The leaves are falling, the moon is full and every spirit knows this is prime time for haunting. But for Gregg McGhoul, things couldn’t be going worse.
Everything seemed to be lining up perfectly. McGhoul’s horror-scope predicted a month full of opportunity, and sure enough, a week later a new family moved into the home he’d inhabited for 20 years (five alive, 15 after life).
McGhoul’s past was riddled with commitment issues: He had a habit of coming on too strong and scaring families out of the house before he even had a chance at a long-term haunt.
Determined this year would be different, McGhoul started out slowly — stomping on squeaky floorboards at night, rattling the windows, basic stuff.
The family seemed totally unfazed. So McGhoul ramped things up with a haunt classic: the whisper.
“Come playyy with meeee,” he whispered from the closet of the kid’s bedroom at night.
“Help me, help me,” he called out in his best dying-little-girl imitation whenever the parents were alone downstairs.
Weeks passed, and McGhoul was starting to seriously doubt the long haunt would ever pay off. Then, at the month’s Home Haunters Association (HHA) meeting, McGhoul was embarrassed to report his stats: zero sleepless nights, zero over-the-shoulder checks, and zero night lights or cameras installed. The family was not suspicious or frightened or even slightly concerned.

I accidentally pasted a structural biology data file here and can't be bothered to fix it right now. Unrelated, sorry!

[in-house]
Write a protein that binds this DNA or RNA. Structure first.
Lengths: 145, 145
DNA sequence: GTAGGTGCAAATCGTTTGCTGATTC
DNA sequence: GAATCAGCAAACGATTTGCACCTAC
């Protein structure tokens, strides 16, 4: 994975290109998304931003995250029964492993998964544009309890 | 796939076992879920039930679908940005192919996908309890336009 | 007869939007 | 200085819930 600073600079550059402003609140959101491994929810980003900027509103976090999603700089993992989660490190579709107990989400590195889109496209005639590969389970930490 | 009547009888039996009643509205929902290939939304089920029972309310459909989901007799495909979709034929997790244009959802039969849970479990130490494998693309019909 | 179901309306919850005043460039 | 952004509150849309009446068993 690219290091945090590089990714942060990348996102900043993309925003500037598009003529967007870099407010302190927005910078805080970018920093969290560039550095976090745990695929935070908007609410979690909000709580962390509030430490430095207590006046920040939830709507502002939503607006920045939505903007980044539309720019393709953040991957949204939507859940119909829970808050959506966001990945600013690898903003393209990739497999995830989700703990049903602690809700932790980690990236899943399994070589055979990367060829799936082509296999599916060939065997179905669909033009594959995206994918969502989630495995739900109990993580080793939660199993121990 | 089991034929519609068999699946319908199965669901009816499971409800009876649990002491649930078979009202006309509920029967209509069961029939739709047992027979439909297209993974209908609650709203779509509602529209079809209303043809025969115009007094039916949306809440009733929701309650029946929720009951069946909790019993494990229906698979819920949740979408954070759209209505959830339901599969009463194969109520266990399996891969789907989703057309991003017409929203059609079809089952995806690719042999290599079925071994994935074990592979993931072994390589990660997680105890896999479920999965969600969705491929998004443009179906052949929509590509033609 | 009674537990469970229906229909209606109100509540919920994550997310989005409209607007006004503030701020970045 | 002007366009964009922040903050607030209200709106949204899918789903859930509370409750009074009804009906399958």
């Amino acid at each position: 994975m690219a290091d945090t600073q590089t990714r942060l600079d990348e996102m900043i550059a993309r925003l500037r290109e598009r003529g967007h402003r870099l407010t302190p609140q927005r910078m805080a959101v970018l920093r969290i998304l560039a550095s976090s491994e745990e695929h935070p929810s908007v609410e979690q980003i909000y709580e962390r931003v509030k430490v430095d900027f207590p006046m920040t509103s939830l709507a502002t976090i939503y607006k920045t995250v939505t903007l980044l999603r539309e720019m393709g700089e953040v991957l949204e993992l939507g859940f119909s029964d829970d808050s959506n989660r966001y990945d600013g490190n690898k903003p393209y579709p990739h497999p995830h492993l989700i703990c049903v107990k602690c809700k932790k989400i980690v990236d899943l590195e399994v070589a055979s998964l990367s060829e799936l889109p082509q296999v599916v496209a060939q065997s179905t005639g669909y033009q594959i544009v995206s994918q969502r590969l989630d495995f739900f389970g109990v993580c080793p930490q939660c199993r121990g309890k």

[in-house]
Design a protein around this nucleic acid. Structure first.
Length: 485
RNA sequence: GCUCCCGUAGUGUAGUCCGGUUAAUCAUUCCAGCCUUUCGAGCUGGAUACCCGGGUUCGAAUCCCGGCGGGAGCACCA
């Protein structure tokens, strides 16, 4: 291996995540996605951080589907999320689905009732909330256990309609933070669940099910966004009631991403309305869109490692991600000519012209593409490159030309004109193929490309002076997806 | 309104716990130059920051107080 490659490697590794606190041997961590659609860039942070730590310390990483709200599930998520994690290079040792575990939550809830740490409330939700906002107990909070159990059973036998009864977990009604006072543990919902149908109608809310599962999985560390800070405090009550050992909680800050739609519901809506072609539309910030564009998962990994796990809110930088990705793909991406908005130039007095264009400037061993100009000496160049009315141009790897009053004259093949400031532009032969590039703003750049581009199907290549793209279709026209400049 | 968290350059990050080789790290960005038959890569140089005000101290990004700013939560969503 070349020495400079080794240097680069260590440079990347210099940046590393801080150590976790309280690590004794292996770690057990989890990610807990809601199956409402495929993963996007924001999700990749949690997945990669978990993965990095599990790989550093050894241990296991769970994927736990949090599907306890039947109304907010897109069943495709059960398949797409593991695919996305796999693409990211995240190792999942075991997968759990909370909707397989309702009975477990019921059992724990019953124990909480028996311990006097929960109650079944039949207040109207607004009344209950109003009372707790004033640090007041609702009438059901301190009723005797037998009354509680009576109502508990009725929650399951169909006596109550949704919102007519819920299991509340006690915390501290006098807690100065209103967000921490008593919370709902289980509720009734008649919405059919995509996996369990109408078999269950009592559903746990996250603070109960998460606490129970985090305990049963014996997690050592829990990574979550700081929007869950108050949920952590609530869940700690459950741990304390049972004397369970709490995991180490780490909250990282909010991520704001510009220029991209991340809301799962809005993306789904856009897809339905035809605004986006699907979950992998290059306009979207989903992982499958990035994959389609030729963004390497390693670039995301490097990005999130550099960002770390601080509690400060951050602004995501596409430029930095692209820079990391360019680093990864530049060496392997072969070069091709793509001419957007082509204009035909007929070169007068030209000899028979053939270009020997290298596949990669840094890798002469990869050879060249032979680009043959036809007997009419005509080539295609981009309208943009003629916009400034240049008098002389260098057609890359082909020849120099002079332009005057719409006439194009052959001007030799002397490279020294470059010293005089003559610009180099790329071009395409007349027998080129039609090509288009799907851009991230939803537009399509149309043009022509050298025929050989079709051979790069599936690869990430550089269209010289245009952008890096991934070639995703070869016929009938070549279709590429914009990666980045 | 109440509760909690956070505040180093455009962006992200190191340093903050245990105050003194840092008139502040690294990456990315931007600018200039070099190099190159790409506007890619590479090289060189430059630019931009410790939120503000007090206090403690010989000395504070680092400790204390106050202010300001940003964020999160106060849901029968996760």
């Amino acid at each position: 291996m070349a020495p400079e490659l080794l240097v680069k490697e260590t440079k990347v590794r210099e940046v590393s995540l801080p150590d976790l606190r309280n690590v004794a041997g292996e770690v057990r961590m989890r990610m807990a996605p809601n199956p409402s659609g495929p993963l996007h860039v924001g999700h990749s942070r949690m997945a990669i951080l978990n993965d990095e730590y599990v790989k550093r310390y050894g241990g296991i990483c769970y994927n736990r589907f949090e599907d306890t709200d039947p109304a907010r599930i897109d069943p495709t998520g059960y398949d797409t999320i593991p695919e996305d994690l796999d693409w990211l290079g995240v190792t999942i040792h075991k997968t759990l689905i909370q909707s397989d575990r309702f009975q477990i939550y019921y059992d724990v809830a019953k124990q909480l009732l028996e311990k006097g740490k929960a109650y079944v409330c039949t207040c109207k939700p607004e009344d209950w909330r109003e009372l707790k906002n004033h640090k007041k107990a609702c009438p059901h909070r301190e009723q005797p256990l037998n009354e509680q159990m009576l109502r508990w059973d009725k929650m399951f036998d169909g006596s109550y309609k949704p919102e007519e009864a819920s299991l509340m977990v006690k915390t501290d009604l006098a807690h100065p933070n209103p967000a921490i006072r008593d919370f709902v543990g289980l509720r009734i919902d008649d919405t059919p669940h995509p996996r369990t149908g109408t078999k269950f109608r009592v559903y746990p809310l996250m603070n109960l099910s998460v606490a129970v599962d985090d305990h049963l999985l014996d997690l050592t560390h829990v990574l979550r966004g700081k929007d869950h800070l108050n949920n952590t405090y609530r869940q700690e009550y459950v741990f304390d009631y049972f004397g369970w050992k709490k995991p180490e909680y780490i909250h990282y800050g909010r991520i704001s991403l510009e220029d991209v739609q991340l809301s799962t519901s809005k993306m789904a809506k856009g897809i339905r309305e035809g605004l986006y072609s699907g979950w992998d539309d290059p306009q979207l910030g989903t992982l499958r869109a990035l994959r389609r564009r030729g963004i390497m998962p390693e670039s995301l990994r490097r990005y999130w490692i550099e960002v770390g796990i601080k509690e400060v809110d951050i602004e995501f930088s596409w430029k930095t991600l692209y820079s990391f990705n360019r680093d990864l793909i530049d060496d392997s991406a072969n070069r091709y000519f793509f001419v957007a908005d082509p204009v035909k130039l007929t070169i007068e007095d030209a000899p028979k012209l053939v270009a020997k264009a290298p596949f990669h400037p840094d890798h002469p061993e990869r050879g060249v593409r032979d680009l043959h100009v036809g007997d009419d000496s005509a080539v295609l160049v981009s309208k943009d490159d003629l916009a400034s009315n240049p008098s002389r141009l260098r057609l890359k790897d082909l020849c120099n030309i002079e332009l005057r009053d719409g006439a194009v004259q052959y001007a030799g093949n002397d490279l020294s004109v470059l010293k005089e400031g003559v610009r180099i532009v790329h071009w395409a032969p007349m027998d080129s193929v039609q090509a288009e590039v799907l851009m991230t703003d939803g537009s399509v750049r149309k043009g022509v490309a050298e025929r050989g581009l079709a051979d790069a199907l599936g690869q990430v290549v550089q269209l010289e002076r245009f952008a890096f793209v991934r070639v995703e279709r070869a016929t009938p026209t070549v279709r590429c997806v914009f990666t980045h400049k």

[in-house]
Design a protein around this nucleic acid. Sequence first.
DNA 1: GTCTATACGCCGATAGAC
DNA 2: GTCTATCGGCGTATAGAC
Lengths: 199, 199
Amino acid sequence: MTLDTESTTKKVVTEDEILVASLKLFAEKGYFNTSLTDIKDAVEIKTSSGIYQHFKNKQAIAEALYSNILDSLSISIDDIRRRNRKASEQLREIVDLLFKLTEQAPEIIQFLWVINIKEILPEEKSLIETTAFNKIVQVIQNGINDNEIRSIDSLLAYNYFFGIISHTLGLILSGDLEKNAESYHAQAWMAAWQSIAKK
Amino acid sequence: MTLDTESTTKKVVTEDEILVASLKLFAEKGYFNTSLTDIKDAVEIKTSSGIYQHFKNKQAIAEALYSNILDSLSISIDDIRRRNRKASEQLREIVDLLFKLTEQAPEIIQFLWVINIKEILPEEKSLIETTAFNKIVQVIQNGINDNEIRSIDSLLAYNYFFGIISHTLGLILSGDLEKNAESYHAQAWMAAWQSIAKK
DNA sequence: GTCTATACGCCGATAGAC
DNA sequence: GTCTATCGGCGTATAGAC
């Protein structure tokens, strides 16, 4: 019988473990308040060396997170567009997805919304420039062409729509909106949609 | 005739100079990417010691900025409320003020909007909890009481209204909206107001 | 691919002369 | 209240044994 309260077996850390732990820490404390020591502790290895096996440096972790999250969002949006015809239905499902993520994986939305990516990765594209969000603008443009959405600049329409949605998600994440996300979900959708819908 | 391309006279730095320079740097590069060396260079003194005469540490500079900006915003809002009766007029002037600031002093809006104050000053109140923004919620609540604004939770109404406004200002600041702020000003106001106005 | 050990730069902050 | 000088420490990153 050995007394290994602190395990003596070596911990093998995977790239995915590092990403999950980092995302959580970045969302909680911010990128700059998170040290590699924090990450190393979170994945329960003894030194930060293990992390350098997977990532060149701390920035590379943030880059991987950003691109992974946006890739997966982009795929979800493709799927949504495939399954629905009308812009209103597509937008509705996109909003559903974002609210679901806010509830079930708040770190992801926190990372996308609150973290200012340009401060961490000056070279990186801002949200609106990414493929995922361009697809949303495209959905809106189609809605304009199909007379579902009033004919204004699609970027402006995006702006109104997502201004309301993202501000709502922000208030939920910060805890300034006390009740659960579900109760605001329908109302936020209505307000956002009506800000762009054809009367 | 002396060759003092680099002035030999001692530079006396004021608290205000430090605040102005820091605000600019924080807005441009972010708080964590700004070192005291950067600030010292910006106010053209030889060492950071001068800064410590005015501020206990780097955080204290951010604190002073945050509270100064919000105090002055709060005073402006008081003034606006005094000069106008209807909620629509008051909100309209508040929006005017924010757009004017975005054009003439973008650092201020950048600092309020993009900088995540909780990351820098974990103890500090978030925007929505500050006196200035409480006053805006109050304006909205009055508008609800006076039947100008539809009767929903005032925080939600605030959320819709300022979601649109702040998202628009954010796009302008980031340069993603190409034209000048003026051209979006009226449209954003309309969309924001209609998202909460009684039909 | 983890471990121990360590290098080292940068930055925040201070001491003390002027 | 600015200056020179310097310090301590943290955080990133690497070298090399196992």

When the Spirit Council asked for details on his methods, they cackled. “Whispers and strange noises? Gregg, your house occupants are Deaf. They can’t hear you. You need to be using visual disruption, sending physical signs from our spiritual plane.”
McGhoul went even more transparent with embarrassment. He’d skipped the HHA’s “No Soul Spared” DEI training and it showed. Now, with Halloween just a few days away, it’s too high-tension of a time to start a long-term haunt. He’ll have to retreat until scary movie nights are over and the family is lured back into a false sense of safety.